The waffling, passive answer: not really. Though it looked to be promising, It Had To Be You is only average for a romantic comedy, and definitely disappointing for a UFO-branded film. The "how" is supposed to be the meat and potatoes of romantic comedies, but the "how" of It Had To Be You is less interesting than the "who" and "where"—not the ideal formula for this genre. The "who" is fine: Ekin Cheng is a likable romantic lead, and he shows a more mature charm than in his previous romantic roles. It used to be that Ekin Cheng's romantic screen persona was a grown-up kid who suffered from arrested development; in It Had To Be You, he appears to be a likable, decent guy who really wants to find the right girl—and actually makes a couple of cheer-worthy choices to get there. Karena Lam is Karena Lam, meaning she's lovely and oh-so-adorable, and probably enough to get any heterosexual male to sit up and pay attention.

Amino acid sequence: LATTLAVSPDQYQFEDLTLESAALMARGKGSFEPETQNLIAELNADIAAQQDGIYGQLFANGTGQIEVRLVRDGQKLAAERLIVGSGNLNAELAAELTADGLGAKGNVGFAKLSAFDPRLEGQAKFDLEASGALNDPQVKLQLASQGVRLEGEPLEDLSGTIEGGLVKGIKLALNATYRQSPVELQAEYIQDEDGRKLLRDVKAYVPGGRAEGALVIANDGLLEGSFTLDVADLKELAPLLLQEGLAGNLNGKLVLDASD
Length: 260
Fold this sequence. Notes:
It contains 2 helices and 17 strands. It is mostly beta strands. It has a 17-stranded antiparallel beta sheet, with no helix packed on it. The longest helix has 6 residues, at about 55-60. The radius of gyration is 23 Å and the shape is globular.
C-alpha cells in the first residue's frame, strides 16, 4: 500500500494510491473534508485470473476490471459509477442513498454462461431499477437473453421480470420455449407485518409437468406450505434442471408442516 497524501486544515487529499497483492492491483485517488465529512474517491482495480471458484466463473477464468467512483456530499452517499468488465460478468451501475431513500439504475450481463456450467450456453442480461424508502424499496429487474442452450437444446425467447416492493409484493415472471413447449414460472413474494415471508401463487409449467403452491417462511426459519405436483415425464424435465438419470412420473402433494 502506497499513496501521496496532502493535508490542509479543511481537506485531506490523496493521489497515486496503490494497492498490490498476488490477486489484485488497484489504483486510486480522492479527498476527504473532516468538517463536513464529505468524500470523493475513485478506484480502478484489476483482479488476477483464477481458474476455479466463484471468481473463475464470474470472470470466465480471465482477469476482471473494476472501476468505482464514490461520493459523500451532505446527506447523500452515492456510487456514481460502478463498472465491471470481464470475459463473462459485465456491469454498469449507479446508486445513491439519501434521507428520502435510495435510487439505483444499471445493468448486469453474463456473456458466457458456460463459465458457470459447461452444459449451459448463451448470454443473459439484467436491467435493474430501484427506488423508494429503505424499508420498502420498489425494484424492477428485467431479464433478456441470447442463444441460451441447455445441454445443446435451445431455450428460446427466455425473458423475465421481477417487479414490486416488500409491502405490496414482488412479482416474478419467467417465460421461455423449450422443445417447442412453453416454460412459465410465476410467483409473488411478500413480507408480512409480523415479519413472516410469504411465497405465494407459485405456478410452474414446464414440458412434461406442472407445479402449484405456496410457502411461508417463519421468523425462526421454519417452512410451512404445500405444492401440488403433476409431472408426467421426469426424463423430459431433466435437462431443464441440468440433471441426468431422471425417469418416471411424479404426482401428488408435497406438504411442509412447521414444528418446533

As for the "where", the two inhabit the attractive urban streets of Central, which is where Casa Nostra, their shared workplace, is located. A homey Italian joint, Casa Nostra has delicious-looking food, coffee that's described in a surprisingly tasty manner, and nice, likable employees (including the spritely Yan Ng, last seen in Crazy N' The City). It's also located right off the Midlevel Escalators, meaning it's easy to find if you're in Hong Kong and looking for a classy joint to snag some grub. Make some reservations and I'll see you there, though neither Karena Lam nor Ekin Cheng will be around to satisfy your star-gazing, star-stalking, or star-bashing desire to take on Chan Ho-Nam in an impromptu bar brawl—or Italian restaurant rumble. You'll have to make that date on your own.